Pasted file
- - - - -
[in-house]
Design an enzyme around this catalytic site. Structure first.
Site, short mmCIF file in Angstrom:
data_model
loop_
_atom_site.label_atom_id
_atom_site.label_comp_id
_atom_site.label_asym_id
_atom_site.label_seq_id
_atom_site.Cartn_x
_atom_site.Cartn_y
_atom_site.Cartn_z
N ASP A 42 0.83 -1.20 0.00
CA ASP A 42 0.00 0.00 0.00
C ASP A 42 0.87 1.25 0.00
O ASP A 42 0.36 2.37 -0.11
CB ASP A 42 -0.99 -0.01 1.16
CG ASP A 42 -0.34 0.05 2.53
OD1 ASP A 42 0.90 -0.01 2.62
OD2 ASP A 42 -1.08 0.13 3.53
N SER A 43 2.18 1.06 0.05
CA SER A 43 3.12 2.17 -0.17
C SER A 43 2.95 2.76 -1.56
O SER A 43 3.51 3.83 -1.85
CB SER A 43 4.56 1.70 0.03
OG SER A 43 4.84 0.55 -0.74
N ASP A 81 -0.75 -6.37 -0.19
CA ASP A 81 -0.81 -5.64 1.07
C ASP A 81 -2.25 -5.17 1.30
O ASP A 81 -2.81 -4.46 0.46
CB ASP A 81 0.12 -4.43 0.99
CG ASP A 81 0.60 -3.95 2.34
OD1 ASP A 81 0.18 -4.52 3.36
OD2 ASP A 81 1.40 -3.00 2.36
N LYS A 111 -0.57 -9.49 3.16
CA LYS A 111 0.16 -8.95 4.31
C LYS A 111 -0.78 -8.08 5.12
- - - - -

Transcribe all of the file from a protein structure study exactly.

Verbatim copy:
[in-house]
Design an enzyme around this catalytic site. Structure first.
Site, short mmCIF file in Angstrom:
data_model
loop_
_atom_site.label_atom_id
_atom_site.label_comp_id
_atom_site.label_asym_id
_atom_site.label_seq_id
_atom_site.Cartn_x
_atom_site.Cartn_y
_atom_site.Cartn_z
N ASP A 42 0.83 -1.20 0.00
CA ASP A 42 0.00 0.00 0.00
C ASP A 42 0.87 1.25 0.00
O ASP A 42 0.36 2.37 -0.11
CB ASP A 42 -0.99 -0.01 1.16
CG ASP A 42 -0.34 0.05 2.53
OD1 ASP A 42 0.90 -0.01 2.62
OD2 ASP A 42 -1.08 0.13 3.53
N SER A 43 2.18 1.06 0.05
CA SER A 43 3.12 2.17 -0.17
C SER A 43 2.95 2.76 -1.56
O SER A 43 3.51 3.83 -1.85
CB SER A 43 4.56 1.70 0.03
OG SER A 43 4.84 0.55 -0.74
N ASP A 81 -0.75 -6.37 -0.19
CA ASP A 81 -0.81 -5.64 1.07
C ASP A 81 -2.25 -5.17 1.30
O ASP A 81 -2.81 -4.46 0.46
CB ASP A 81 0.12 -4.43 0.99
CG ASP A 81 0.60 -3.95 2.34
OD1 ASP A 81 0.18 -4.52 3.36
OD2 ASP A 81 1.40 -3.00 2.36
N LYS A 111 -0.57 -9.49 3.16
CA LYS A 111 0.16 -8.95 4.31
C LYS A 111 -0.78 -8.08 5.12